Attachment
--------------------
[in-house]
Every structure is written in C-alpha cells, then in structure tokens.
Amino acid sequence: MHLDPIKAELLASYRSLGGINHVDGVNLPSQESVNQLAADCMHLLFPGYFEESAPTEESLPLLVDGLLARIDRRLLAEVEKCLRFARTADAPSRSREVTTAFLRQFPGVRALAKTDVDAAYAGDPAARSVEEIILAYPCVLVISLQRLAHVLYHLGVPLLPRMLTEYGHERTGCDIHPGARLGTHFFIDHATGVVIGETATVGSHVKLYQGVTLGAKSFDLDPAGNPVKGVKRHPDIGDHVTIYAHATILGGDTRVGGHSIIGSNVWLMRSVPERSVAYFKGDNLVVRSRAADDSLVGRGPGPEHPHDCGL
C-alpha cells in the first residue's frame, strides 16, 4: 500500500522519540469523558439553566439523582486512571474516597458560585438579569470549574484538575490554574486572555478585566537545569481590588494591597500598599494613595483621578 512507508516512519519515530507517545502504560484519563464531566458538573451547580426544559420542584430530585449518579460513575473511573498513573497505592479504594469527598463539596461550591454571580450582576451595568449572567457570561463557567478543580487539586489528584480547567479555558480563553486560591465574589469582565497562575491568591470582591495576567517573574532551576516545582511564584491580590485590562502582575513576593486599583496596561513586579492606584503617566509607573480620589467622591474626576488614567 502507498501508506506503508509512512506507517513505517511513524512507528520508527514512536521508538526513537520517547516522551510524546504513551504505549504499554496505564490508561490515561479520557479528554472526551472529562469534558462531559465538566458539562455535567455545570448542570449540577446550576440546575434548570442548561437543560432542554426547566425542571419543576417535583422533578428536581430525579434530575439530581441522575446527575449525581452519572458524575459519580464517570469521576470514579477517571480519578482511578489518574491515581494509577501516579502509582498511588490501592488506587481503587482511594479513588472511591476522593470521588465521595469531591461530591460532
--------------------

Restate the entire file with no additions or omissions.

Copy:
[in-house]
Every structure is written in C-alpha cells, then in structure tokens.
Amino acid sequence: MHLDPIKAELLASYRSLGGINHVDGVNLPSQESVNQLAADCMHLLFPGYFEESAPTEESLPLLVDGLLARIDRRLLAEVEKCLRFARTADAPSRSREVTTAFLRQFPGVRALAKTDVDAAYAGDPAARSVEEIILAYPCVLVISLQRLAHVLYHLGVPLLPRMLTEYGHERTGCDIHPGARLGTHFFIDHATGVVIGETATVGSHVKLYQGVTLGAKSFDLDPAGNPVKGVKRHPDIGDHVTIYAHATILGGDTRVGGHSIIGSNVWLMRSVPERSVAYFKGDNLVVRSRAADDSLVGRGPGPEHPHDCGL
C-alpha cells in the first residue's frame, strides 16, 4: 500500500522519540469523558439553566439523582486512571474516597458560585438579569470549574484538575490554574486572555478585566537545569481590588494591597500598599494613595483621578 512507508516512519519515530507517545502504560484519563464531566458538573451547580426544559420542584430530585449518579460513575473511573498513573497505592479504594469527598463539596461550591454571580450582576451595568449572567457570561463557567478543580487539586489528584480547567479555558480563553486560591465574589469582565497562575491568591470582591495576567517573574532551576516545582511564584491580590485590562502582575513576593486599583496596561513586579492606584503617566509607573480620589467622591474626576488614567 502507498501508506506503508509512512506507517513505517511513524512507528520508527514512536521508538526513537520517547516522551510524546504513551504505549504499554496505564490508561490515561479520557479528554472526551472529562469534558462531559465538566458539562455535567455545570448542570449540577446550576440546575434548570442548561437543560432542554426547566425542571419543576417535583422533578428536581430525579434530575439530581441522575446527575449525581452519572458524575459519580464517570469521576470514579477517571480519578482511578489518574491515581494509577501516579502509582498511588490501592488506587481503587482511594479513588472511591476522593470521588465521595469531591461530591460532